Autumn nipping at my heels

How on earth did it get to be October already? Georgia is five months old, Vincent’s in first grade, and middle child Aidan is universally praised as sweet and gentle and photogenic as hell:

Photo by nature & nurture

The lateness of the year terrifies me — intimations of mortality etc. — but I love autumn. Kicking leaves on the way to school, woodsmoke billowing from my neighbors’ chimneys, the backyard bonfires of friends to keep cool nights at bay, pumpkins and apples, cinnamon and nutmeg. Each new season shakes up the order of our days, forces rearranging and revisioning, and many days I’d like to just request time to stop now please, I’m not ready for this. But it never does and it never will and on we go, and every day is an improvisation on the one before.

ODE TO AUTUMN / Susan Browne

Thoughts are mist. I’m restless,
yet tired as an old leaf. I yell at the yellow trees,
I see you! See me!

The light going to dark, a friend in the hospital, surgical
saw slicing his cranium, then what, radiation, chemo.
Pour another glass of wine, cook that salmon, it’s fake,

farm-raised, good although something dangerous in it,
you could investigate but why
be completely clear about semi-edible poison?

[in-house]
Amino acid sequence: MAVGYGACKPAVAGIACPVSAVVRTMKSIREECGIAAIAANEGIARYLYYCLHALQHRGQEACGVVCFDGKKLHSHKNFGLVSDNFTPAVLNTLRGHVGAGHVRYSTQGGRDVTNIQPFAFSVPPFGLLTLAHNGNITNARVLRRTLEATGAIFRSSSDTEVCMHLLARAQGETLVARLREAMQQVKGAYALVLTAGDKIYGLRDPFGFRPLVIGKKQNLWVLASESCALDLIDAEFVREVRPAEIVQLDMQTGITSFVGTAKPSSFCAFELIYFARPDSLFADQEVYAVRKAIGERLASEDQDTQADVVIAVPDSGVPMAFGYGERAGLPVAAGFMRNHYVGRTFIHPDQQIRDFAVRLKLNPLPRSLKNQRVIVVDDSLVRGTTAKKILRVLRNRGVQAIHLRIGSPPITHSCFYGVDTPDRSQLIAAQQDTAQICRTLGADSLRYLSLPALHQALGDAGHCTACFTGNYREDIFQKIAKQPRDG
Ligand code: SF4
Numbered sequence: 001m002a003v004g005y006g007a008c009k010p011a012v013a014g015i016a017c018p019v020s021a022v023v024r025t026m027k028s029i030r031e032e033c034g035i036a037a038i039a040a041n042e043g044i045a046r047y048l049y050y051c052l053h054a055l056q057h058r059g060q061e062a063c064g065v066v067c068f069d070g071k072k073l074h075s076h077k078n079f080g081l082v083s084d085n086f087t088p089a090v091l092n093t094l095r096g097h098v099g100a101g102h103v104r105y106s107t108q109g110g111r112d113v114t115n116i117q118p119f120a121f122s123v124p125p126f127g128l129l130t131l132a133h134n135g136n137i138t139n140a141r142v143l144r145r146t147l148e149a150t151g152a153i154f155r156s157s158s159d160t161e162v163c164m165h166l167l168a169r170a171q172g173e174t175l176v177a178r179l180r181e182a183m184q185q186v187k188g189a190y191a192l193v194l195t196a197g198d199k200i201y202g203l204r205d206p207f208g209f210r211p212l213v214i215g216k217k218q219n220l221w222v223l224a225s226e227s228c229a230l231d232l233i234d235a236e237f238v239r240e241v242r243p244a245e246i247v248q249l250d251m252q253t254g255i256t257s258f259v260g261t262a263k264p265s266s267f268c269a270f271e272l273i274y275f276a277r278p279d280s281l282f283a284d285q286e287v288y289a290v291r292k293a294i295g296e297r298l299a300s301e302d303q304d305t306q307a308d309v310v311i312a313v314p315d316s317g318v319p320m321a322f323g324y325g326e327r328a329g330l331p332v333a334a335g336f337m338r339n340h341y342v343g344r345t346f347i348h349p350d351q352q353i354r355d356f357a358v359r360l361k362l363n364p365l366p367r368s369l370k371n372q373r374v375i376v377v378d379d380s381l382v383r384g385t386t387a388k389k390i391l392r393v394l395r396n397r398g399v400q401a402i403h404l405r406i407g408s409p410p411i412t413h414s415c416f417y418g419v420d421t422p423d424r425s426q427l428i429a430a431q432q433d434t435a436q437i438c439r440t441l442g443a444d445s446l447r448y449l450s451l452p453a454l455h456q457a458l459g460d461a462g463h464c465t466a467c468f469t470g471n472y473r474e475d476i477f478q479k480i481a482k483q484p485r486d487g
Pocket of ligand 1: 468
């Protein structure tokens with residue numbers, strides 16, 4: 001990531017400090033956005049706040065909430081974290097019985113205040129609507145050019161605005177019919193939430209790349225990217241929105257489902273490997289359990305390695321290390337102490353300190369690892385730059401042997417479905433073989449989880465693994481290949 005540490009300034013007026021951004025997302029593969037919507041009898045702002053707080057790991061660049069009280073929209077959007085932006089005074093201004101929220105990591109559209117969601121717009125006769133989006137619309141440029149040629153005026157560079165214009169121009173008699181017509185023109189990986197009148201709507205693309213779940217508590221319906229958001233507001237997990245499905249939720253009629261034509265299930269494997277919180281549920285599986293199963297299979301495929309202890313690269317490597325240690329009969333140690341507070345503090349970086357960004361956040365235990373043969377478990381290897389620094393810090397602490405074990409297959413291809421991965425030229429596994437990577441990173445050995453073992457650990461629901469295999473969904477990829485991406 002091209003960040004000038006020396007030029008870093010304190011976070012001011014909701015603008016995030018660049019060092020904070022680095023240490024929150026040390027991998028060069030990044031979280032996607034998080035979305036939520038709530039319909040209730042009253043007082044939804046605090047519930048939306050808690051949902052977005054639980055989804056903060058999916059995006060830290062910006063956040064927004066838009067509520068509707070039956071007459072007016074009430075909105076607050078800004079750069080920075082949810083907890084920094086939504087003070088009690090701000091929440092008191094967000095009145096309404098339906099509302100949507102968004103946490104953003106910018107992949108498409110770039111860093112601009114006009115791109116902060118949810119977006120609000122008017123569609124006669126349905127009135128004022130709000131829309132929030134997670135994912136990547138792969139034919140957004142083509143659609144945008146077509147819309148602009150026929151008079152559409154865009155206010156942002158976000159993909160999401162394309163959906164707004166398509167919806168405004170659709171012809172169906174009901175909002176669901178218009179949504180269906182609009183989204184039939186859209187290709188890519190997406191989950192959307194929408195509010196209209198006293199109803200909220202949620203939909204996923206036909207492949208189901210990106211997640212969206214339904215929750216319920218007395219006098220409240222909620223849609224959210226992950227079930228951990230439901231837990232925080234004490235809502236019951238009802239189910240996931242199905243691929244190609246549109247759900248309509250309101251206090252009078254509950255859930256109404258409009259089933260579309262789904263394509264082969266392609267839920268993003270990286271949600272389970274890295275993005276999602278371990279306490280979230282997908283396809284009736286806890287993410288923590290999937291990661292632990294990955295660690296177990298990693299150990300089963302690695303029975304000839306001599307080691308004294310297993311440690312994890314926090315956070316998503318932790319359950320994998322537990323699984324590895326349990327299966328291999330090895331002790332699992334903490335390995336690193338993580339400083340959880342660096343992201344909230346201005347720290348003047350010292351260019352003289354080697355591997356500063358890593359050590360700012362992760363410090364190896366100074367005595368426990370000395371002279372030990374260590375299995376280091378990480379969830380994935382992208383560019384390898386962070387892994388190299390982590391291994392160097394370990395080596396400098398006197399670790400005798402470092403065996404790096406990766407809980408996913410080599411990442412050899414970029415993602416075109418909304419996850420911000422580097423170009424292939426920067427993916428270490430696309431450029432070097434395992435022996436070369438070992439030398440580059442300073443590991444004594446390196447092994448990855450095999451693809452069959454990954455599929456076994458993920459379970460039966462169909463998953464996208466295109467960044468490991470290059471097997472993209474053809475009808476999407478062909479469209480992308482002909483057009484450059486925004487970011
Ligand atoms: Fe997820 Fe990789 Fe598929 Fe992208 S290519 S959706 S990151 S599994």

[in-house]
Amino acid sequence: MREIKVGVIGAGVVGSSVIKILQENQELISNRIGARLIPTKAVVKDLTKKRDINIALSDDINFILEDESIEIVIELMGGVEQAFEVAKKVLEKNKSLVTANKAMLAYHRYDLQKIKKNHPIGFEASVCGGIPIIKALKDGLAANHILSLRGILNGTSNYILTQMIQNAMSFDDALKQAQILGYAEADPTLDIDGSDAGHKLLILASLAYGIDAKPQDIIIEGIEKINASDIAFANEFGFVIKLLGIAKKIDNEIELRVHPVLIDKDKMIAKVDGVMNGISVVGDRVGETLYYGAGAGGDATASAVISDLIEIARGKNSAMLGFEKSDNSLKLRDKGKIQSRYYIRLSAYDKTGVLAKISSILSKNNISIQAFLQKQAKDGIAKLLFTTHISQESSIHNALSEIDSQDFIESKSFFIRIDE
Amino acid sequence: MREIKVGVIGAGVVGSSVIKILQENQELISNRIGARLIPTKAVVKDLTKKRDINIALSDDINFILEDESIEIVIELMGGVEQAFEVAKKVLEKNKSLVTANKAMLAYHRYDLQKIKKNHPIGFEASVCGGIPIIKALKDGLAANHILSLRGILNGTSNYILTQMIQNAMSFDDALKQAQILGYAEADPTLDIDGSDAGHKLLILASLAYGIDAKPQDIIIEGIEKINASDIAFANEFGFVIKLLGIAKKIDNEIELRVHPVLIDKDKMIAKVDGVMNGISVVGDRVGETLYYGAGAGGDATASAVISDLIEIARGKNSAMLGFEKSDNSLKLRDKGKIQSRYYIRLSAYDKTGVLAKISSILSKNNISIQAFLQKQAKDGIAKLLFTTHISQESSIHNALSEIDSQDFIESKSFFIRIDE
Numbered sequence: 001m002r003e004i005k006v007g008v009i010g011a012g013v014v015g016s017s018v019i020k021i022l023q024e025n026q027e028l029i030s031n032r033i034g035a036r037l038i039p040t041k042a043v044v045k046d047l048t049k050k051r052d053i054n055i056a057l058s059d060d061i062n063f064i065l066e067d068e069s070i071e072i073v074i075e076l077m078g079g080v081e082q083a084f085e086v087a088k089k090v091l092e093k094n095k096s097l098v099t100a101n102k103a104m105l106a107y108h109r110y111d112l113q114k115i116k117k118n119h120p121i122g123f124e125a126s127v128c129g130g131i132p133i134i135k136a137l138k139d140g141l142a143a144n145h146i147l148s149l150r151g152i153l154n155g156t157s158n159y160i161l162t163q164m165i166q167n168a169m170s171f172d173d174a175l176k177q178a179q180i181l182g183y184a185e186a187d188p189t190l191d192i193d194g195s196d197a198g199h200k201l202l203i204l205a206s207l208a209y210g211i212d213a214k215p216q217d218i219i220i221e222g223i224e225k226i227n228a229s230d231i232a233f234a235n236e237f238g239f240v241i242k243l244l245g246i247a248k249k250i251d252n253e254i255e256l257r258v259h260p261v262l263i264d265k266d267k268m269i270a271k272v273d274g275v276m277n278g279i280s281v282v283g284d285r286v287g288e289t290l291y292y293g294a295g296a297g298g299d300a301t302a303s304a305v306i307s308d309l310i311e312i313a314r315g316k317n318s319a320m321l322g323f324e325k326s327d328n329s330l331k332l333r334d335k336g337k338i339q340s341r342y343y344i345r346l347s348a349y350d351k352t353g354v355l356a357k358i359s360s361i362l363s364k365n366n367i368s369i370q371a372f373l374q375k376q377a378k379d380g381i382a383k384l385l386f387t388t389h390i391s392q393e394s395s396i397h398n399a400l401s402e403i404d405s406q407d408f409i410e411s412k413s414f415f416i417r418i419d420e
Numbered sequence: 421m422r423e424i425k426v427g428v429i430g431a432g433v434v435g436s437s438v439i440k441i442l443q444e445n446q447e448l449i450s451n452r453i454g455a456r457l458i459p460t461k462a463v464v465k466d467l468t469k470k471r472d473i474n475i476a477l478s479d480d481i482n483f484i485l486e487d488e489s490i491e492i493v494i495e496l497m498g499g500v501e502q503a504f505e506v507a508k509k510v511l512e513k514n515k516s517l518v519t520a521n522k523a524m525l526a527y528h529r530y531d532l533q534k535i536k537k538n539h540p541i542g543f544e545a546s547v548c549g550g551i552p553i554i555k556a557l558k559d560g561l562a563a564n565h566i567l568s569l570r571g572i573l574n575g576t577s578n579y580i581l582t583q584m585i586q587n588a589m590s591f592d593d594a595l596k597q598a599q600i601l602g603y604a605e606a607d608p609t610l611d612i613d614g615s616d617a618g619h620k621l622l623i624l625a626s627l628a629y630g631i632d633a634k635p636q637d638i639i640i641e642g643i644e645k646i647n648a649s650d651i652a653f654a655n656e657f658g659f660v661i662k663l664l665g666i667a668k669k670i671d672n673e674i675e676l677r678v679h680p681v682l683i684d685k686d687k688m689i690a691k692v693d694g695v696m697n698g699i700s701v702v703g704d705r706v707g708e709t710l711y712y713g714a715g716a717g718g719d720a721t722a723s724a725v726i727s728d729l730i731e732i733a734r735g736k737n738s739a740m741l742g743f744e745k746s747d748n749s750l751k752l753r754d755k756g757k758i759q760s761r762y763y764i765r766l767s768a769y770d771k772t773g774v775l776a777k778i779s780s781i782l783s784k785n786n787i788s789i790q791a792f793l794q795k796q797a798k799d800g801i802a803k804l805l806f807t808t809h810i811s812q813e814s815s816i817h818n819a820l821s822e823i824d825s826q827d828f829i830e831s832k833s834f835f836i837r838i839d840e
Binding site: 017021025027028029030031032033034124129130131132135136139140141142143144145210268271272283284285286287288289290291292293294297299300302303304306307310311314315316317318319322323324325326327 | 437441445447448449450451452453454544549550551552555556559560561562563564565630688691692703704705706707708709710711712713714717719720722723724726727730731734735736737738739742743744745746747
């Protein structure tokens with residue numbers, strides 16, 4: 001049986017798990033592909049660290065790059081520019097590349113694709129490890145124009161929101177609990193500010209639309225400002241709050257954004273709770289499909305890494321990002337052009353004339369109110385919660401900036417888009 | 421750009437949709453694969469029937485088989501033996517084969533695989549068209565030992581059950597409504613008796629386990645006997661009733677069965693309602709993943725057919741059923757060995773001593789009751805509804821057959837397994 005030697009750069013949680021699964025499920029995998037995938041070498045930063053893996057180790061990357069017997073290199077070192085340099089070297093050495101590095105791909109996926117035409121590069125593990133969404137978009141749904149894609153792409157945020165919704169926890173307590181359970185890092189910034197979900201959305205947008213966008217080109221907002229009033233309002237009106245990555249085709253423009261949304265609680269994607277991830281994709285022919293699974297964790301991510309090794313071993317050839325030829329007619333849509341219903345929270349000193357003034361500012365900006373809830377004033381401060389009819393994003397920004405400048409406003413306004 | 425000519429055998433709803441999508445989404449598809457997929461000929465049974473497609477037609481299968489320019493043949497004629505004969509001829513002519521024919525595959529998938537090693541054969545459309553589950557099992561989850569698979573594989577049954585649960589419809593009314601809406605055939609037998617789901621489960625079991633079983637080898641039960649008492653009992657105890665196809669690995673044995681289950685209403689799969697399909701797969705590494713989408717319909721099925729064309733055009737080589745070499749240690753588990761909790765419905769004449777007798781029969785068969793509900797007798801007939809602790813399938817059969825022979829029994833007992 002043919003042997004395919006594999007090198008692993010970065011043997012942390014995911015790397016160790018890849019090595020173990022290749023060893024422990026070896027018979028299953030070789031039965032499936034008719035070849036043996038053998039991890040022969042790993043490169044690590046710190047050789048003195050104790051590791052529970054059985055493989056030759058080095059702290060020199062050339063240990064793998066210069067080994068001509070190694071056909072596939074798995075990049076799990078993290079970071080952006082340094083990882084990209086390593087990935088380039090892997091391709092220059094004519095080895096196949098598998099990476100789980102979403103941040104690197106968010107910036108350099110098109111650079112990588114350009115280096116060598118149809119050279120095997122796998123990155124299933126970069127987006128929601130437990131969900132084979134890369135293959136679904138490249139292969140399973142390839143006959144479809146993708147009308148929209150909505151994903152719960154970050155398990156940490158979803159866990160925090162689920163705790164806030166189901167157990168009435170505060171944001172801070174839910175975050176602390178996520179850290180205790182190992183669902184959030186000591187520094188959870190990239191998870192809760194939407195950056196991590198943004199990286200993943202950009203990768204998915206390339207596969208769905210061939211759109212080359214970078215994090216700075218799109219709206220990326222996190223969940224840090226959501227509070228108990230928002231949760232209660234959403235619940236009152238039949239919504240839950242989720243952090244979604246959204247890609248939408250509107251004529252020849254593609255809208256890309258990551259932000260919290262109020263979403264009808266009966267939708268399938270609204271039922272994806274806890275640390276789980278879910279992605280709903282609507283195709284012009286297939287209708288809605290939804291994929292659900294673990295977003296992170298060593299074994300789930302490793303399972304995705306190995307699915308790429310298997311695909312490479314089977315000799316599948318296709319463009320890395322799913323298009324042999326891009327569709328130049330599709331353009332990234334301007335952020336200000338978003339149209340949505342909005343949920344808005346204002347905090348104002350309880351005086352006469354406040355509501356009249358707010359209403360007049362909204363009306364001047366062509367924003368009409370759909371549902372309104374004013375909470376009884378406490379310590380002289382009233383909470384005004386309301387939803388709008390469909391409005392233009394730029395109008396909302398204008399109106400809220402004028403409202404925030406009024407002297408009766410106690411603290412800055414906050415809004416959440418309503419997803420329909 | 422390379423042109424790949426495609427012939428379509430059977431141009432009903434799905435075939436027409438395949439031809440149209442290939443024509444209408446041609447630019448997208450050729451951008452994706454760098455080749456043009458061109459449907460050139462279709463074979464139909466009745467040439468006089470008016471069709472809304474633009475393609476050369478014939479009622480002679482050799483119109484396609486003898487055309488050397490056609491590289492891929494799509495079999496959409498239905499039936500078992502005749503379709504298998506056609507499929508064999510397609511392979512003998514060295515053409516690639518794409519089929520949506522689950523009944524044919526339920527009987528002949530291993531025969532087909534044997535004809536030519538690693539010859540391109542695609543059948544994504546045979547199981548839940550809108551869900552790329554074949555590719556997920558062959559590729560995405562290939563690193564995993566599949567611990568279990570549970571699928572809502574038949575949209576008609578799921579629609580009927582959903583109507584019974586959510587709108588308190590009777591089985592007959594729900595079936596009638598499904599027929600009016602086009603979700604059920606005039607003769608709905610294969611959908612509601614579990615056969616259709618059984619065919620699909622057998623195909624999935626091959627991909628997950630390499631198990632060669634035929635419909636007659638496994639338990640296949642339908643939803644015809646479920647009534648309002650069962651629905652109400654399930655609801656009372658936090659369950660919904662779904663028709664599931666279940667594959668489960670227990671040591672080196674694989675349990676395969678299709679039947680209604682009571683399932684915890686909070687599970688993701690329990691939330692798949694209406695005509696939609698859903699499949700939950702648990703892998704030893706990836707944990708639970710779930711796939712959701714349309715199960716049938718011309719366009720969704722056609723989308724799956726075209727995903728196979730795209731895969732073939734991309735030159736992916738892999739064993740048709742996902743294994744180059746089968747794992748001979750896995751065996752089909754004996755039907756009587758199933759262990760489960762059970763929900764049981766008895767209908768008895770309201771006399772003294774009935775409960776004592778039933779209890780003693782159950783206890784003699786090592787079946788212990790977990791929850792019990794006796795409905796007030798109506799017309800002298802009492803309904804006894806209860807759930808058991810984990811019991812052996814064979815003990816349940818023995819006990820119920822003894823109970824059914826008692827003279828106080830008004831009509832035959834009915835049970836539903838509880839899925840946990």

We’re cleaning out our basement, gleaning
for the holidays, searching the furrows of ornaments
for the cardboard skeleton to hang on the door.

Things multiply, ooze out of their cells. Plenty more
to replace everything. Have you noticed the ripening
of drill bits, cars, jeans, medical plans

few can afford. O, we go like leaves,
a wailful cliché however it happens,
lost cricket in the hedge-row, bleating lamb.

I glare at the mystery until I imagine
sitting on death’s branch, gazing out on rooftops
hours by hours, the rosy-hued peace,

the sky reflected in the neighbor’s pool.
Climb down through a melancholy choir
of gathering gnats and pow, it’s blue,

sun igniting water. Then cool cement,
and drowsy perfume of woodsmoke, just-cut
grass. Close your brimming eyes,

hear your heart’s soft treble,
until you’re lifted like a rain drop in reverse
into the tattered pearl of a winnowing cloud.

(from Zephyr by Susan Browne [Steel Toe Books, 2010])

Taste of Summer

There are some books, some poets, that I instinctively associate with winter — Leslie Harrison’s Displacement, Frost, all the Russians (accurate or not) — but who do you think of as a summer poet? Lyrical, fulsome, hot… give me some recommendations. I’m in a mood.